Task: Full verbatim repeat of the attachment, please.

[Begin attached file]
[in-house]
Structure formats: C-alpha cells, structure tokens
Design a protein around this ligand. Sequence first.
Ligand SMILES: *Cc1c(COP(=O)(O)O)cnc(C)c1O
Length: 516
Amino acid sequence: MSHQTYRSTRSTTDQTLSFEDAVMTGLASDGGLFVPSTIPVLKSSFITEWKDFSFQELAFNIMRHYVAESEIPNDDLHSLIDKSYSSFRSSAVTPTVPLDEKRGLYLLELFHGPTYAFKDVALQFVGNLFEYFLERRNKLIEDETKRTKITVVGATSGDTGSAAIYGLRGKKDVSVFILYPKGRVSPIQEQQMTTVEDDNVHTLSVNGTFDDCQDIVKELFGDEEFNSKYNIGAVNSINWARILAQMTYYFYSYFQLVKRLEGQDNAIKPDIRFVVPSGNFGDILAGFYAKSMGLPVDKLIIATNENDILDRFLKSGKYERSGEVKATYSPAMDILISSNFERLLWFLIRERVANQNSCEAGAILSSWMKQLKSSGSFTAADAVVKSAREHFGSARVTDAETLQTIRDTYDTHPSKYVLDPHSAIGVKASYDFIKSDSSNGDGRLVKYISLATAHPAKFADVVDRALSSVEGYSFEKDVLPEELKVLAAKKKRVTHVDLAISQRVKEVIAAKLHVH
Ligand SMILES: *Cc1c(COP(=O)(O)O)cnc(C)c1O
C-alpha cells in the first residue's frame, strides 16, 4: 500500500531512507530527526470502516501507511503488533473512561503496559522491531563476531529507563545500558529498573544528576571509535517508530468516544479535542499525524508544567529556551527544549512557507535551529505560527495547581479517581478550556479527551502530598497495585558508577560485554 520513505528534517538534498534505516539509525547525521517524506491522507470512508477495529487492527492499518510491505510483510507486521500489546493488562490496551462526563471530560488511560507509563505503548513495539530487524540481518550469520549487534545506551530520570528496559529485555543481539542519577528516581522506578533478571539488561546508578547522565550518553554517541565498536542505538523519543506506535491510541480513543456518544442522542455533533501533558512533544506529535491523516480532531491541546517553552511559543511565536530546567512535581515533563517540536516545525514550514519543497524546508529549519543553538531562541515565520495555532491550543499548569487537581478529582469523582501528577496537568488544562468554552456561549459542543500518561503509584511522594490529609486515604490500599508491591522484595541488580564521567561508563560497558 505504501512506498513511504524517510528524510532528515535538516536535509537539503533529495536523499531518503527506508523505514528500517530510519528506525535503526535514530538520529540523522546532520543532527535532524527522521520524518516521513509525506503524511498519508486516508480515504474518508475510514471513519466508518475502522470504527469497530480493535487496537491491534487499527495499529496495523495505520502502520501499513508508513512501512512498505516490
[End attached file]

[in-house]
Structure formats: C-alpha cells, structure tokens
Design a protein around this ligand. Sequence first.
Ligand SMILES: *Cc1c(COP(=O)(O)O)cnc(C)c1O
Length: 516
Amino acid sequence: MSHQTYRSTRSTTDQTLSFEDAVMTGLASDGGLFVPSTIPVLKSSFITEWKDFSFQELAFNIMRHYVAESEIPNDDLHSLIDKSYSSFRSSAVTPTVPLDEKRGLYLLELFHGPTYAFKDVALQFVGNLFEYFLERRNKLIEDETKRTKITVVGATSGDTGSAAIYGLRGKKDVSVFILYPKGRVSPIQEQQMTTVEDDNVHTLSVNGTFDDCQDIVKELFGDEEFNSKYNIGAVNSINWARILAQMTYYFYSYFQLVKRLEGQDNAIKPDIRFVVPSGNFGDILAGFYAKSMGLPVDKLIIATNENDILDRFLKSGKYERSGEVKATYSPAMDILISSNFERLLWFLIRERVANQNSCEAGAILSSWMKQLKSSGSFTAADAVVKSAREHFGSARVTDAETLQTIRDTYDTHPSKYVLDPHSAIGVKASYDFIKSDSSNGDGRLVKYISLATAHPAKFADVVDRALSSVEGYSFEKDVLPEELKVLAAKKKRVTHVDLAISQRVKEVIAAKLHVH
Ligand SMILES: *Cc1c(COP(=O)(O)O)cnc(C)c1O
C-alpha cells in the first residue's frame, strides 16, 4: 500500500531512507530527526470502516501507511503488533473512561503496559522491531563476531529507563545500558529498573544528576571509535517508530468516544479535542499525524508544567529556551527544549512557507535551529505560527495547581479517581478550556479527551502530598497495585558508577560485554 520513505528534517538534498534505516539509525547525521517524506491522507470512508477495529487492527492499518510491505510483510507486521500489546493488562490496551462526563471530560488511560507509563505503548513495539530487524540481518550469520549487534545506551530520570528496559529485555543481539542519577528516581522506578533478571539488561546508578547522565550518553554517541565498536542505538523519543506506535491510541480513543456518544442522542455533533501533558512533544506529535491523516480532531491541546517553552511559543511565536530546567512535581515533563517540536516545525514550514519543497524546508529549519543553538531562541515565520495555532491550543499548569487537581478529582469523582501528577496537568488544562468554552456561549459542543500518561503509584511522594490529609486515604490500599508491591522484595541488580564521567561508563560497558 505504501512506498513511504524517510528524510532528515535538516536535509537539503533529495536523499531518503527506508523505514528500517530510519528506525535503526535514530538520529540523522546532520543532527535532524527522521520524518516521513509525506503524511498519508486516508480515504474518508475510514471513519466508518475502522470504527469497530480493535487496537491491534487499527495499529496495523495505520502502520501499513508508513512501512512498505516490